Josefina Fierro de Bright

Josefina Fierro (1914 in Mexicali, Baja California – March 1998[1]), later Josefina Fierro de Bright, was a Mexican American leader who helped organize resistance against discrimination in the American Southwest during the Great Depression. She was the daughter of immigrants who had fled revolution in Mexico to settle in California. She grew up in Los Angeles and the San Joaquin Valley.

Her mother emphasized the importance of education and urged Josefina to "Rely on yourself, be independent." In 1938 when Fierro was 18 years old, she entered the University of California, Los Angeles. She planned to study medicine, but activism on behalf of the Mexican American community took up most of her time and effort. Fierro de Bright gave up her studies at UCLA to become an organizer, and her style was described by veteran longshoremen's leader Bert Corona as "gutsy, flamboyant, and tough".[2]

Aided by her husband John Bright, a Hollywood screenwriter and an activist himself, she began to lead boycotts of companies that did business in Mexican American communities but did not hire Mexican American workers. These activities brought her attention from a Mexican American group El Congreso de Pueblos de Habla Española (Spanish-speaking congress), which was formed in 1938. El Congreso was organizing Hispanic migrants to stand up for their rights. In 1939 El Congreso leaders asked Fierro de Bright to help them to establish a branch in Los Angeles which represented a major effort by the Mexican American generation of the time, to form a working class movement that was aimed at securing basic rights for all Mexican and Spanish speaking people in the United States.

Early life

Josefina Fierro had been involved in revolutionary activism from a young age. Her father had been an officer in “Pancho” Villa's revolutionary army, but it was her mother's passion for activism and commitment to helping others that most strongly influenced her life. Fierro had been raised by her mother, who had immigrated to the United States when Josefina was a baby. Because Josefina's mother's family were followers of the radical Mexican anarchist Ricardo Flores Magón, she had been taught to speak against injustice, to fight for what was right and to treat everyone with “dignity and respect”.[3]

Personal Life and Activism

After high school graduation, Josefina Fierro decided to move to Los Angeles to live with an aunt; there she met and fell in love with Hollywood actor John Bright. Bright, who was blacklisted with several other actors in Hollywood due to allegations of having ties with the Communist Party, inspired Fierro's activism further. After marrying Bright, Josefina found herself in the midst of a campaign that defended Mexican immigrants and Mexican American rights against discrimination during the 1930s.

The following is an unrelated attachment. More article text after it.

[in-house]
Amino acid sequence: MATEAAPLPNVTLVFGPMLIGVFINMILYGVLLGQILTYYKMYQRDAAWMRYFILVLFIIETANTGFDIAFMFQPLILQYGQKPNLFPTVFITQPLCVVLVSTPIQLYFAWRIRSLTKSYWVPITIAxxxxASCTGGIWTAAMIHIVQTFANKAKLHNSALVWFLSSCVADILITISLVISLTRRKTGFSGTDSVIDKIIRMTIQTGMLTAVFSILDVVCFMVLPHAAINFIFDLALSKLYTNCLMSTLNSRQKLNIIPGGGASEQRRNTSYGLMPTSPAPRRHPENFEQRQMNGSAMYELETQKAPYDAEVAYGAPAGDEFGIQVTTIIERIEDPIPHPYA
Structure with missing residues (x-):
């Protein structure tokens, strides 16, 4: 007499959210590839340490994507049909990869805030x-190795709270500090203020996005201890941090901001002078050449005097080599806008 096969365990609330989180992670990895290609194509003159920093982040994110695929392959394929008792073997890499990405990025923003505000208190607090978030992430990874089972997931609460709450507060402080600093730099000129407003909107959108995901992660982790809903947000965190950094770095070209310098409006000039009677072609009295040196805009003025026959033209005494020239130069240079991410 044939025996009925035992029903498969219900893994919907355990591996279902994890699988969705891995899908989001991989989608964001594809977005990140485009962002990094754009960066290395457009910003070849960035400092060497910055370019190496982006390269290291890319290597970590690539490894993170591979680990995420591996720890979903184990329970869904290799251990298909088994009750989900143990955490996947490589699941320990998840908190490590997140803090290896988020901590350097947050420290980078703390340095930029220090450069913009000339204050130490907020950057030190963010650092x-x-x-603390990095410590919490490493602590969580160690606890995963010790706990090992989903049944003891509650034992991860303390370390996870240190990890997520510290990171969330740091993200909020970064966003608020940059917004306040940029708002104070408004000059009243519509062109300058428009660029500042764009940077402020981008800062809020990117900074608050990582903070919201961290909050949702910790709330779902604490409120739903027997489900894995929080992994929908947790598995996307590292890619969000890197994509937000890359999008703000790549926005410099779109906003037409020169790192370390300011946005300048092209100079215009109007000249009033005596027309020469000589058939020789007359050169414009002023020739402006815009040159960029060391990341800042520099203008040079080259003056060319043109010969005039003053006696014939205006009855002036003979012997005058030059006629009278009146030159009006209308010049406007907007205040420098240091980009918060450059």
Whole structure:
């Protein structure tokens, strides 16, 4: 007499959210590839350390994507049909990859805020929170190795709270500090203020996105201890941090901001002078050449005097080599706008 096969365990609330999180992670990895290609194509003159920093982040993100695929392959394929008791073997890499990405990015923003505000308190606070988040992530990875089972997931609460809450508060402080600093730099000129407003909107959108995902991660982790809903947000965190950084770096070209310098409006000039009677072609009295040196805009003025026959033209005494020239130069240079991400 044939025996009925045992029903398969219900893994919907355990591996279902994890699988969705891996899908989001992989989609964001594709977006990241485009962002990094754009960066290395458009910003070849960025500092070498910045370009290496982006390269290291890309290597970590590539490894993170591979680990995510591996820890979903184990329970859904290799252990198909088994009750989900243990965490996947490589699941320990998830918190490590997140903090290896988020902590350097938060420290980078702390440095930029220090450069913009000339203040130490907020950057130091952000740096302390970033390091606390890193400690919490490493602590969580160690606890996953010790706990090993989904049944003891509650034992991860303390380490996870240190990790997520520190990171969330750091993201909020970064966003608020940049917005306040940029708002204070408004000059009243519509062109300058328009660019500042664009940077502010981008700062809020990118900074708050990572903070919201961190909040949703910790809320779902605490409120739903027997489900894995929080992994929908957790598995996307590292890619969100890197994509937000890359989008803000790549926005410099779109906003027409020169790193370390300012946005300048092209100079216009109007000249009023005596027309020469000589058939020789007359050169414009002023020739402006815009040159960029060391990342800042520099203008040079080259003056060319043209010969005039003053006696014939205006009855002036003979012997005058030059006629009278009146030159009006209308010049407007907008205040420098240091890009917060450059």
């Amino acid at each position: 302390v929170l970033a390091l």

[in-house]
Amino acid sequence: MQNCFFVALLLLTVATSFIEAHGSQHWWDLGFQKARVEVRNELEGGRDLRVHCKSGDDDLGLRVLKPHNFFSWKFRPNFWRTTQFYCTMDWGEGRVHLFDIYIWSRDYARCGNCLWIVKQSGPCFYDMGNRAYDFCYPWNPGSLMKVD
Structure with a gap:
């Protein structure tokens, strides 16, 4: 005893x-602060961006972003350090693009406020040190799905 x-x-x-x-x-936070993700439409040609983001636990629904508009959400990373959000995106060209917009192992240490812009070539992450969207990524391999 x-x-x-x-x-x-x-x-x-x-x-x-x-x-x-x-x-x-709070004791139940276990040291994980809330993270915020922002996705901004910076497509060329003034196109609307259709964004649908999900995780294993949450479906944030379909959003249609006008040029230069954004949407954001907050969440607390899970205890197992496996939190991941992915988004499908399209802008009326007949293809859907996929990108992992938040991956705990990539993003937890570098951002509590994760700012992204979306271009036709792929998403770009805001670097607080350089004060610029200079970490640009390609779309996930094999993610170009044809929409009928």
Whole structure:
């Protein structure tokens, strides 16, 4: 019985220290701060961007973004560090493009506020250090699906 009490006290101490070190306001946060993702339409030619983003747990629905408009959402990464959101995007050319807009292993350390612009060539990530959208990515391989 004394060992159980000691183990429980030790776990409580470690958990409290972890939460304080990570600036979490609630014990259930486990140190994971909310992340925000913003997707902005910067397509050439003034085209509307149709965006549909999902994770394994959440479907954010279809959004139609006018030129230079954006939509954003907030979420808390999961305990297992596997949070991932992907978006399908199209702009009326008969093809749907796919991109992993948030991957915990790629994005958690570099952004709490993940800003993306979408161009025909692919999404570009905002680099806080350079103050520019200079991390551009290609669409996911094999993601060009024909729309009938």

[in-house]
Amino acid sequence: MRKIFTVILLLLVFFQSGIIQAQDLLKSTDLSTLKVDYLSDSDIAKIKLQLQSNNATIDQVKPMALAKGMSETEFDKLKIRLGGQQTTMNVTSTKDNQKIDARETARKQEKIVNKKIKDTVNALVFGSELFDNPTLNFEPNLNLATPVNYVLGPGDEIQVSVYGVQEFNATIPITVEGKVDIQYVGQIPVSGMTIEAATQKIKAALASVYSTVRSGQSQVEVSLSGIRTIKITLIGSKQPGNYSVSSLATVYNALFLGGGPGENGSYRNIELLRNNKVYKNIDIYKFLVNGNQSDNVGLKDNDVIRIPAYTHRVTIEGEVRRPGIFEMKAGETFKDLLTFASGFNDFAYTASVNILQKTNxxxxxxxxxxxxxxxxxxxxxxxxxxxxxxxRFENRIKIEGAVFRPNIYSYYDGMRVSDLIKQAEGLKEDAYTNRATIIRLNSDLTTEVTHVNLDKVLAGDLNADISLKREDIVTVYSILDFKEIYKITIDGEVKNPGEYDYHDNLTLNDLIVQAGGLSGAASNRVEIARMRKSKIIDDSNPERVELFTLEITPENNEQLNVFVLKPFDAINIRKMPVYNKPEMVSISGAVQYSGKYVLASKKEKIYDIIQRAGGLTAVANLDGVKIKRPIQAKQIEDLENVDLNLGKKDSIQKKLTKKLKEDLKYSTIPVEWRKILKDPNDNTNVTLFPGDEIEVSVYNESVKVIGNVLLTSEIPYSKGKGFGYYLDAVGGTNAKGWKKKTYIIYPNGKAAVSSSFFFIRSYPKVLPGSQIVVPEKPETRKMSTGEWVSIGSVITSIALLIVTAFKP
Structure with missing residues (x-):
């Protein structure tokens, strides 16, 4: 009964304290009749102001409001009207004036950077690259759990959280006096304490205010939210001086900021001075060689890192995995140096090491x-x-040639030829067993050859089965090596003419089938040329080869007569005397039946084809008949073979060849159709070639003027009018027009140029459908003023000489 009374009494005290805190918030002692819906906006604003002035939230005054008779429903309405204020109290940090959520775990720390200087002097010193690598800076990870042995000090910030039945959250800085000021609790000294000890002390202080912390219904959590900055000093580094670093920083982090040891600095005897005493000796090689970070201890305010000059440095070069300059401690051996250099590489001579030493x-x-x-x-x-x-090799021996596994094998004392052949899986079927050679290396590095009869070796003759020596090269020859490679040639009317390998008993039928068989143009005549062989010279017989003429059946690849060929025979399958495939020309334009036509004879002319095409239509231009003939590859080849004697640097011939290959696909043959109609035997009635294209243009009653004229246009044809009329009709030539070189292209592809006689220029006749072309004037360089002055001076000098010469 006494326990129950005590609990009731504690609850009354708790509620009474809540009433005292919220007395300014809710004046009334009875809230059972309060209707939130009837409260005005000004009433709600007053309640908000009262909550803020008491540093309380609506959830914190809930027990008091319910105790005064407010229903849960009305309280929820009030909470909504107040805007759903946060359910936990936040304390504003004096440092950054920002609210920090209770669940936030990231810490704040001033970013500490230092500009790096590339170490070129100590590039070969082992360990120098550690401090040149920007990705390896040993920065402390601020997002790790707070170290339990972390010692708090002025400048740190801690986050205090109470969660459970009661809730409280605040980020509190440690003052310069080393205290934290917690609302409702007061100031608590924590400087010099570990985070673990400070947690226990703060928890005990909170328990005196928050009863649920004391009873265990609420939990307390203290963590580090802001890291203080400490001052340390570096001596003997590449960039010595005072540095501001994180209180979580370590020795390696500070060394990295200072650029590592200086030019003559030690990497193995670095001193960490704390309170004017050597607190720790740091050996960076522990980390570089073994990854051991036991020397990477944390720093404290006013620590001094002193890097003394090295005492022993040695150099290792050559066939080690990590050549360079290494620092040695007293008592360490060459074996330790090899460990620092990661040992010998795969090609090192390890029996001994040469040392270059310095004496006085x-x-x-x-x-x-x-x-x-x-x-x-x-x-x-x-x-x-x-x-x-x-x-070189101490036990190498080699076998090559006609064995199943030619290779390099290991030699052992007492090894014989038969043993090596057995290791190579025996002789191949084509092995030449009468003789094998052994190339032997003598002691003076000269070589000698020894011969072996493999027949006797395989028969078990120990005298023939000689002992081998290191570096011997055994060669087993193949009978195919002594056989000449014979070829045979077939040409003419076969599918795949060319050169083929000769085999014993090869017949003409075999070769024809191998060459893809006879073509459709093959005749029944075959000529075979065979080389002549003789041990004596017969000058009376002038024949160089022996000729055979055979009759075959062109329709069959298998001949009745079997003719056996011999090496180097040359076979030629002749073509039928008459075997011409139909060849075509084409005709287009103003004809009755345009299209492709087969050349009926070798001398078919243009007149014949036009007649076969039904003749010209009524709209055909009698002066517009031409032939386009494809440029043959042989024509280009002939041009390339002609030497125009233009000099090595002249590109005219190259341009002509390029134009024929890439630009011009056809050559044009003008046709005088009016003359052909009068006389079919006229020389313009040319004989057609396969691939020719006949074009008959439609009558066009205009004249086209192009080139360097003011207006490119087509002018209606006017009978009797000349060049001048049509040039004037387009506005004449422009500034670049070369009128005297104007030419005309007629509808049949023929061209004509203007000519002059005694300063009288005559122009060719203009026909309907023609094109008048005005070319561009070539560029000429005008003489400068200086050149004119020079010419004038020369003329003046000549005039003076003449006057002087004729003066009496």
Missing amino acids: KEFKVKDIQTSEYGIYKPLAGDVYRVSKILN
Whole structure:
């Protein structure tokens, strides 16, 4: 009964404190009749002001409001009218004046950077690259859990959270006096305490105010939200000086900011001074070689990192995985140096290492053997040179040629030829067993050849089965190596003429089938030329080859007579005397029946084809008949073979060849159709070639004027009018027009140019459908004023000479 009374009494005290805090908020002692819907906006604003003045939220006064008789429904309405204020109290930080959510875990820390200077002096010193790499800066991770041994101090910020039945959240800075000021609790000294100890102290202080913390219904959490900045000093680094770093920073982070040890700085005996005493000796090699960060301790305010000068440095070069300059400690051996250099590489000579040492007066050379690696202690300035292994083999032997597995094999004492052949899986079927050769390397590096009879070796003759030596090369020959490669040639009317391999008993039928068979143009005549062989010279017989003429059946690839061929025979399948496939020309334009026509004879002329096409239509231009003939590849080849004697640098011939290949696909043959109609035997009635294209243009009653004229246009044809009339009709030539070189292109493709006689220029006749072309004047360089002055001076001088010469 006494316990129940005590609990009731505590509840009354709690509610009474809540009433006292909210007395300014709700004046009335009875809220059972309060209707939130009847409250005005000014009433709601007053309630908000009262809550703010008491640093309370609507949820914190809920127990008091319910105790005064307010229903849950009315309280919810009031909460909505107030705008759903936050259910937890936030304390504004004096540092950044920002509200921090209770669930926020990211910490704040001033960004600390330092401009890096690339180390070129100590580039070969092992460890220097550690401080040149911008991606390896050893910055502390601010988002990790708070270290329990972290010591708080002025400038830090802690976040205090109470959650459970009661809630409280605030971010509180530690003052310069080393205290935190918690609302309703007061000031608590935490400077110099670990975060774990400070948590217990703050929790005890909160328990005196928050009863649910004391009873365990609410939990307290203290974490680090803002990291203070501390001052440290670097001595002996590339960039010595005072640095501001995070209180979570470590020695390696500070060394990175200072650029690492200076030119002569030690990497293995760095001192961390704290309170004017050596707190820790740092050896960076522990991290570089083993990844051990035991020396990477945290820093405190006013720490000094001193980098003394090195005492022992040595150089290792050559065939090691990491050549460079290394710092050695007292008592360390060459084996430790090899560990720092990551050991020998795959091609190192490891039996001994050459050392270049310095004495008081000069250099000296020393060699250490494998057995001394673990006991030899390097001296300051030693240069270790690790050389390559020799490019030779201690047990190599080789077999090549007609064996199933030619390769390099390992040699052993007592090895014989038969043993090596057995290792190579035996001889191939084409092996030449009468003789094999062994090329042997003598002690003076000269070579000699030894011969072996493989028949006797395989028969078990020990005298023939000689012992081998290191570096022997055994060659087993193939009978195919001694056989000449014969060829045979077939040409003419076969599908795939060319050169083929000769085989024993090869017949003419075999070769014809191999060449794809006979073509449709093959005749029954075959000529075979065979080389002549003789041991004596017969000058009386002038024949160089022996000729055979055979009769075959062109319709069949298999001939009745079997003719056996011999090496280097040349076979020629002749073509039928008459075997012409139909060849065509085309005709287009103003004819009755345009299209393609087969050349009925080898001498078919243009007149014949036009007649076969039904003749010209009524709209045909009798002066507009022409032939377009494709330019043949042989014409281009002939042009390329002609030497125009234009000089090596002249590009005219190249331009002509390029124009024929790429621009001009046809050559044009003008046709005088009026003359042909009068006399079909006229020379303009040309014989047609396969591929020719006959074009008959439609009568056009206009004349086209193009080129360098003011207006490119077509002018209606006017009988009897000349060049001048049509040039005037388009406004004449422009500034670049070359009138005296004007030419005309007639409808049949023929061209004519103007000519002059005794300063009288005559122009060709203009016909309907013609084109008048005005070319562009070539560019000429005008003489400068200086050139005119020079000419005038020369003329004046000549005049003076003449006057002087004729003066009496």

In 1938, at the age of eighteen, Fierro de Bright, who would become executive secretary, collaborated with Luisa Moreno and founded El Congreso de Pueblos de Habla Española, a Mexican civil rights organization that worked to fight for civil rights of Mexican immigrants and Mexican Americans and worker rights as well[4] Fierro de Bright took her and her husband's platform to Hollywood and used it to fund-raise revenue for El Congreso. The networking that she made in Hollywood, brought in actors and other celebrities to help raise the revenue for the organization.[5] Fierro de Bright, with Luisa Moreno, actively worked on issues that targeted the needs of lower-income and non-bilingual Mexicans to help them receive basic civil rights in the United States. Although El Congreso did not last very long, Fierro de Bright's activism did not end with its dissolution. In 1942, during the “Sleepy Lagoon” trial, after receiving complaints of cruel punishment from parents of the boys held in custody, Fierro de Bright organized a committee for the defendants. The committee became known as the Sleepy Lagoon Defense Committee, and raised money so that those on trial could hire a lawyer to represent and defend them.[6]


  1. Mario T. García (2004) "FIERRO, Josefina" in Notable American Women: A Biographical Dictionary Completing the Twentieth Century (pg. 205-206) Susan Ware, Stacy Lorraine Braukman, editors. ISBN 0-674-01488-X
  2. - article Archived 2006-07-14 at the Wayback Machine - URL last accessed 2006-07-25
  3. Ruiz, Vicki L.; Sanchez Korrol, Virginia (2006). Latinas in the United States, set: A Historical Encyclopedia. Bloomington: Indiana University Press. pp. 259–260.
  4. Ramirez, Catherine S. (2009). The Woman in the Zoot Suit: Gender, Nationalism and the Cultural Politics. Durham: Duke University Press. pp. 31–33.
  5. Larralde, Carlos M. (2005). "El Congreso in San Diego: An Endeavor for Civil Rights". The Journal of San Diego History. 50 (1–2): 17–29.
  6. Garcia, Mario T. (1991). Mexican Americans: Leadership, Ideology and Identity, 1930-1960. New Haven: Yale University Press. pp. 145–162.


  • Mexican Americans (pg 145-46,147) (1990) Mario T. García ISBN 0-300-04246-9
  • From Out Of The Shadows (pg 96-98) (1998) Vicki L. Ruiz ISBN 0-19-513099-5

Further reading

This article is issued from Wikipedia. The text is licensed under Creative Commons - Attribution - Sharealike. Additional terms may apply for the media files.